Remembering the tragedy of the Somme

At dawn on this day, 1st July, exactly 100 years ago the sound of a single whistle blasted the air of a beautiful river valley in Northern France. It signalled the start of the one of the deadliest and bloodiest engagements in the history of warfare – the Battle of the Somme.

 As British soldiers and their allies climbed from their trenches to launch their attack on the German line they were cut to shreds by a fearful barrage of machine gun fire. 

This was not supposed to happen. The allied command believed that days of bombardment had destroyed the enemy’s ability to put up effective opposition. They were wrong  and they certainly hadn’t reckoned on heavy duty machine guns able to fire 500 rounds a minute. In their anger they threw everything they had at the German line. Unfortunately what they had was 120,000 human beings.

By the end of that first day there were nearly 60,000 casualties and a death toll nudging 20,000. That was just the beginning. The battle continued to rage for 140 days leaving a million men dead or wounded and the world a sadder, less innocent place.

 This morning at 7.30am at a small gathering around Bournemouth War Memorial  a whistle – one manufactured for the Army in 1916 – sounded again to mark the 100th anniversary of the start of that terrible battle. 

Wreaths were laid, prayers were said, tributes were paid, there was a minutes silence and everyone – old soldiers, councillors and towns people – hoped and dreamed that one day we may all live in peace. The Mayor’s Chaplain Father John Lavers read out the names of the 12 Bournemouth men who died on the first day of the Battle of the Somme.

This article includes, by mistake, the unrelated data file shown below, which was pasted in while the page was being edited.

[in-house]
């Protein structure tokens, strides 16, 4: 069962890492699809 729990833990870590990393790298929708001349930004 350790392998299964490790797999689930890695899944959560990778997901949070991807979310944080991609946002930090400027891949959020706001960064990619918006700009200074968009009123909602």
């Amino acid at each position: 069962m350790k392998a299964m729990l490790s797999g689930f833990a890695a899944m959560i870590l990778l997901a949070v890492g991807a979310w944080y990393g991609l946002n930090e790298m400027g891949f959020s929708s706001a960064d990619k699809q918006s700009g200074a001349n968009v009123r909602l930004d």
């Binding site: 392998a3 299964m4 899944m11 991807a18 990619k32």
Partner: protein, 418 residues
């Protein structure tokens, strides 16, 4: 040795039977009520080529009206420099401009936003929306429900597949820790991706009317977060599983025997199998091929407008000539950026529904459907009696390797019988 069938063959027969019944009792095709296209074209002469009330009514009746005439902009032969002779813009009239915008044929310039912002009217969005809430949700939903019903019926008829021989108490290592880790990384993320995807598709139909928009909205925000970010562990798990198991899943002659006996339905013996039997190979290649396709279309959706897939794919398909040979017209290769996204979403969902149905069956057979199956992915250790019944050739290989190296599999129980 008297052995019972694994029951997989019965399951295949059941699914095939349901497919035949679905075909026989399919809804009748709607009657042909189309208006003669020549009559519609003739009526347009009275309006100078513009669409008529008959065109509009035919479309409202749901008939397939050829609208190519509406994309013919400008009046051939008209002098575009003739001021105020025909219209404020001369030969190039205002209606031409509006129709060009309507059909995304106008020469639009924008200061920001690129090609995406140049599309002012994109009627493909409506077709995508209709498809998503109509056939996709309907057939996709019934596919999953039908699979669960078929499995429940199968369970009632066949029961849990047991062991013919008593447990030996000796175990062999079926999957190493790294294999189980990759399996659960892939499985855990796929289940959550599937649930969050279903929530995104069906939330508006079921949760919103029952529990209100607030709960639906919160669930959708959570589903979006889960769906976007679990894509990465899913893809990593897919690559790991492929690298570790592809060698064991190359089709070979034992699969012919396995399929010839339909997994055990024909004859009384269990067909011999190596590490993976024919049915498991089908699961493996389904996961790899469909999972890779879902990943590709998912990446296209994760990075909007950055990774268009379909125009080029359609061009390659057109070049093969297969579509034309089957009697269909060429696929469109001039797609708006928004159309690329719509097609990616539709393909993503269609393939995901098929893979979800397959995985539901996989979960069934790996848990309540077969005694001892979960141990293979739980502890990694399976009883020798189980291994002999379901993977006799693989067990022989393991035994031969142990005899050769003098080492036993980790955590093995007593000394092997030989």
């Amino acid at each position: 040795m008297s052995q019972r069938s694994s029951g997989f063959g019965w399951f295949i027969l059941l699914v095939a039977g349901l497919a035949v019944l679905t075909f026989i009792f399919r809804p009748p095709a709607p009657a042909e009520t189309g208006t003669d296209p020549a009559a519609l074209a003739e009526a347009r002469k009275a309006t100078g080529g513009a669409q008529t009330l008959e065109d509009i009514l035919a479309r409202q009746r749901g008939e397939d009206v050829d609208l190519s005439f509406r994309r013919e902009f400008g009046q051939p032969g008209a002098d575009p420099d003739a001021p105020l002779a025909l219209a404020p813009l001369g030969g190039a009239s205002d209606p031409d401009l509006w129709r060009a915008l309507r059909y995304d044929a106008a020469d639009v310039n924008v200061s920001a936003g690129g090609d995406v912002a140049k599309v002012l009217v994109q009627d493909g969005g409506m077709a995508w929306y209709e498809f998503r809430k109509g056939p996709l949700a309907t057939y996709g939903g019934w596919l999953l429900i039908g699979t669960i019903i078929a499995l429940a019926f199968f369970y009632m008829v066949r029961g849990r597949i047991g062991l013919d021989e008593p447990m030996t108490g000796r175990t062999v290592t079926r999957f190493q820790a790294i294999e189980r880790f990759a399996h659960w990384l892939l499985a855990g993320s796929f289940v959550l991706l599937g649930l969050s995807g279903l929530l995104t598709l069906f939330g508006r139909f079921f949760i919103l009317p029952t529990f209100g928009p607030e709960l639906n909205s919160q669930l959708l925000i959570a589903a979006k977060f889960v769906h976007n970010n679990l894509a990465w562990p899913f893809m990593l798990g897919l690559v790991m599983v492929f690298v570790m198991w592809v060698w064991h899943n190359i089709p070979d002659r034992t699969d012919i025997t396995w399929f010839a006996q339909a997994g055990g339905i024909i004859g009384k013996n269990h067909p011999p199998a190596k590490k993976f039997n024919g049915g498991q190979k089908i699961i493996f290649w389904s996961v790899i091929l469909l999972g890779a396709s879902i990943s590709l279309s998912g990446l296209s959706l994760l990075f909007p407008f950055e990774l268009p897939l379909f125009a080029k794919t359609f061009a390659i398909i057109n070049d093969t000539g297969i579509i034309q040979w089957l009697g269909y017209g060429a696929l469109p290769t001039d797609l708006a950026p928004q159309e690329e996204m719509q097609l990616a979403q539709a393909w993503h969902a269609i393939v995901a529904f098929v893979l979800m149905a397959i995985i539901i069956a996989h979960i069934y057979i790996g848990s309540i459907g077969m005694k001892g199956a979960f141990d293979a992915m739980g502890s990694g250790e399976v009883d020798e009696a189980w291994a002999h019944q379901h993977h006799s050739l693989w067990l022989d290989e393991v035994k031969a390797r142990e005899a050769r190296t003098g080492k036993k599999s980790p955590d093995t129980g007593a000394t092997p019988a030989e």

Like so many of their comrades they were young, many were volunteers, ordinary working men who must have wondered what kind of hell they had entered.

The only good thing about their brutal deaths was that they didn’t have to witness such unspeakable violence any more.

I couldn’t help noticing that two of these tragic souls were neighbours. While 34-year-old Sergeant George Frederick Ivamy lived at 3 Cardigan Road, 23-year-old Private Albert Osborne lived just a couple of dozen houses away at number 51. 

Killed on the same day, these young men would become  neighbours again when both their names were among the 72,246 inscribed on Sir Edwin Lutchyens towering Thiepval Memorial to the Missing of the Somme.

How ironic that they lived in street named after the Earl of Cardigan, the officer who in the Crimean War recklessly led dozens of his men to their deaths during the Charge of the Light Brigade.

Here are the 12 men from Bournemouth who died in the first day of battle

• Lance Corporal Edward James Barnes, aged 22
159 Alma Road, Bournemouth
Hampshire Regiment
Bertrancourt Military Cemetery 

• Private Frederick Goodwin
(Born in Bournemouth)
Royal Berkshire Regiment
Ribemont Communal Cemetery Extension
 

• Private Frederick John Fish, aged 21
1 Josephine Villas, Branksome
Hampshire Regiment
Thiepval Memorial